A year ago I embarked on something I called The Ugliness Project. Someone gave me a piece written by a young woman who was in terrible pain because she believed strongly in her own ugliness. In this moving essay she articulated every single feeling I’ve had about myself at one time or another, and though I never sent it, I wrote a letter to her, that turned out to be a letter to myself as well.
As long as I’ve been aware of myself I’ve had feelings of not being good enough, and certainly not pretty enough. Pretty enough for what is irrelevant, because when you feel you aren’t pretty it doesn’t matter whether you are or not because I promise you are not. It is impossible to feel hideous and be pretty. And so I embarked on a project to dissect and ideally deconstruct those feelings, and maybe even replace them with something more positive.
My project had all the qualifications of an earnest grammar school book report including colored construction paper, photos taped to said paper, and handwritten paragraphs beside each of the fifteen pictures laid out in chronological order from age seven to my mid-thirties. In each paragraph, I tried to recall how I was feeling about myself at that moment.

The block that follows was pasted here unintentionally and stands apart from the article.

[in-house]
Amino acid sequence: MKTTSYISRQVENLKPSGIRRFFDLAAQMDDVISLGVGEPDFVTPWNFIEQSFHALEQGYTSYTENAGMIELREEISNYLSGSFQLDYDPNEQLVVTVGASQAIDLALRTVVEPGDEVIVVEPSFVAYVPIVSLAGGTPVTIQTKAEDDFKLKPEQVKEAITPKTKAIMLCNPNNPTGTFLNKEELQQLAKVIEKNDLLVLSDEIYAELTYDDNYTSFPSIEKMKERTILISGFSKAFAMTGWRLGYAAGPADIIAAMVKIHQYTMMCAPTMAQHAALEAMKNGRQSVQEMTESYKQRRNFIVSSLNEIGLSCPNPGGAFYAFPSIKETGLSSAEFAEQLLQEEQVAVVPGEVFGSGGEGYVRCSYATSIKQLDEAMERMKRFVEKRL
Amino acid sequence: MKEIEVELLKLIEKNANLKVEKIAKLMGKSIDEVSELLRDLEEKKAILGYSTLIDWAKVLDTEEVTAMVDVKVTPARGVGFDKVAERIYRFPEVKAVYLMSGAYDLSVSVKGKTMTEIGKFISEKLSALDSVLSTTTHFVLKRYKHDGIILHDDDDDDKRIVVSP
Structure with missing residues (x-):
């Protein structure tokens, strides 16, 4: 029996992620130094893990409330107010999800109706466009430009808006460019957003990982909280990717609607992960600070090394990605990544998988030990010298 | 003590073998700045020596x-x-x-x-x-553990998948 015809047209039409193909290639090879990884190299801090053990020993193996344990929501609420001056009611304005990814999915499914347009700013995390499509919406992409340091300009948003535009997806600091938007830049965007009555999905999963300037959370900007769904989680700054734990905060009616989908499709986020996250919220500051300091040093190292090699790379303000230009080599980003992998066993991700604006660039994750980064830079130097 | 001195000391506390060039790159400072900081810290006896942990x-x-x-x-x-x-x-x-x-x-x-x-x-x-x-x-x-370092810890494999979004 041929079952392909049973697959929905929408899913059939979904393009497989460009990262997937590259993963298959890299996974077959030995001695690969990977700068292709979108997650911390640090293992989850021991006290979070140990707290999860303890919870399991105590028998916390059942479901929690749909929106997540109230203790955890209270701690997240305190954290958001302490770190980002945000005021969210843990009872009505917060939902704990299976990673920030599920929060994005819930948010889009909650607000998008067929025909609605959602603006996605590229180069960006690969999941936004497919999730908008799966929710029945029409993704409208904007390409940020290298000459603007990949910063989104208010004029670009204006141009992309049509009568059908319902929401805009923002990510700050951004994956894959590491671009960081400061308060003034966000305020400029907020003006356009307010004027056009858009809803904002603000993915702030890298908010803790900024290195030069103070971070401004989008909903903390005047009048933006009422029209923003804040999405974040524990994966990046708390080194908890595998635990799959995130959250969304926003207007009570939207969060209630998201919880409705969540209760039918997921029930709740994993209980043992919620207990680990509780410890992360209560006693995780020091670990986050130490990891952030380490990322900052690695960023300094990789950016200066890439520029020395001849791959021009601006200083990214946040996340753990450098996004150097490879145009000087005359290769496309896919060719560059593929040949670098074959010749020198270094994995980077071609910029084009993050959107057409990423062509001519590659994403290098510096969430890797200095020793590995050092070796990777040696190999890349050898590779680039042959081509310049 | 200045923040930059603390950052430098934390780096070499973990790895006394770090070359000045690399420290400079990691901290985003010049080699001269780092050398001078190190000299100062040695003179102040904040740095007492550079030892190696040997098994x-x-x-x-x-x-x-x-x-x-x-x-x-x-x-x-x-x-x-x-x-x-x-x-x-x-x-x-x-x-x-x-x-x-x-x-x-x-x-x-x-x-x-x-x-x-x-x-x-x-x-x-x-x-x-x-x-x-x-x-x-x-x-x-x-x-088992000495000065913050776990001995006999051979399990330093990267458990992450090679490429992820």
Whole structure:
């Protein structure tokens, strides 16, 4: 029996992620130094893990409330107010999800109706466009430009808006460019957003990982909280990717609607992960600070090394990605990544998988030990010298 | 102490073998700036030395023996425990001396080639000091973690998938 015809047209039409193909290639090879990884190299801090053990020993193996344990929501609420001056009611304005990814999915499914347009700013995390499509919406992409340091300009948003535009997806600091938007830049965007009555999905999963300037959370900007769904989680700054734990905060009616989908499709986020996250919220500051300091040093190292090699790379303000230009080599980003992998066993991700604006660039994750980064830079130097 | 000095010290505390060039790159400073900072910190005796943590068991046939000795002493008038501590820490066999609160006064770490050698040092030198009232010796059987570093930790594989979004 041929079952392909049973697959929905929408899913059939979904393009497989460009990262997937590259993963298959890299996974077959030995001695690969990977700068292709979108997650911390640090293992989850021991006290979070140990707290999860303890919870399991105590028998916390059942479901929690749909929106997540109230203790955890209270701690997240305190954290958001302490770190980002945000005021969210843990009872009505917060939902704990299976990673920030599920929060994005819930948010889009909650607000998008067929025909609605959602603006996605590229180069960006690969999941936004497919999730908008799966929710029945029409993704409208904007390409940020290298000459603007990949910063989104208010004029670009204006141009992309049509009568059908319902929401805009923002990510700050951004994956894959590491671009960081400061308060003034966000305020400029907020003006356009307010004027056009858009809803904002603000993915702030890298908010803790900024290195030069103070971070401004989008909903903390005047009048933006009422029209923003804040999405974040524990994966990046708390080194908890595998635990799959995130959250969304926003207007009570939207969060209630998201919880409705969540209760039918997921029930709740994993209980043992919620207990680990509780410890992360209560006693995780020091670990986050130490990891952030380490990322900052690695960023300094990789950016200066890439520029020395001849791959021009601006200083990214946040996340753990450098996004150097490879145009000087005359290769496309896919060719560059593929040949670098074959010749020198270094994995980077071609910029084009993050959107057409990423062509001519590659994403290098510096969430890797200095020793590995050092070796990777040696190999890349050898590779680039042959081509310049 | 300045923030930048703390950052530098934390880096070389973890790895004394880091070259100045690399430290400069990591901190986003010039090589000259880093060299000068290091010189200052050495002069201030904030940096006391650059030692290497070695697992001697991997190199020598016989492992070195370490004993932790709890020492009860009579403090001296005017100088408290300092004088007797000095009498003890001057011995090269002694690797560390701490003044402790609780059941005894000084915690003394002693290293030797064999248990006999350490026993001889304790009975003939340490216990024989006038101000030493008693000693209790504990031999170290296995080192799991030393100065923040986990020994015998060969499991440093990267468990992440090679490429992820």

I think what shocked me the most was that in most of the pictures the girl I see ranges from pretty to very pretty, with an awkward moment at age thirteen. I can see myself in each one, the same face I see now, apparent in all of them, and yet though I can see what was there then, it is still tough to go from those pictures to the mirror and find those same features somewhat older and try to find my own beauty, but I know it is there.
People who love me, when I am willing to talk about it, all swear that they think I am beautiful, but of course, they do. That is part of loving someone; seeing their beauty. I have met people who I thought were unattractive and as I got to know them they became beautiful to me. I am trying to learn to be that generous with myself. To grasp that it doesn’t matter if someone thinks I am beautiful because of or in spite of my physical appearance, they are equally real. Just as the great beauty who is unkind and unpleasant becomes unattractive.
In the letter I wrote to Joanna (and myself) I wisely wrote:
Every day you spend believing and buying into these thoughts is a day stolen from you. It is a day you are denying yourself both your own self-regard and the love of others. It is a day spent alone and in isolation, apart from the world, you feel unworthy to take part in. Every day (and those days mount up so fast you will not believe it) you spend hating yourself and believing that what you are is ugly is a day of being ugly, no matter how beautiful you are, and you will make yourself as ugly as you fear you are.
And so I go to the mirror and look deep inside my own smile. I look for the person I know is there. Would I be happy if by some miracle that face was a bit thinner and younger? Sure, but if my Ugliness Project has resulted in an even slightly more beautiful me, it has been a success.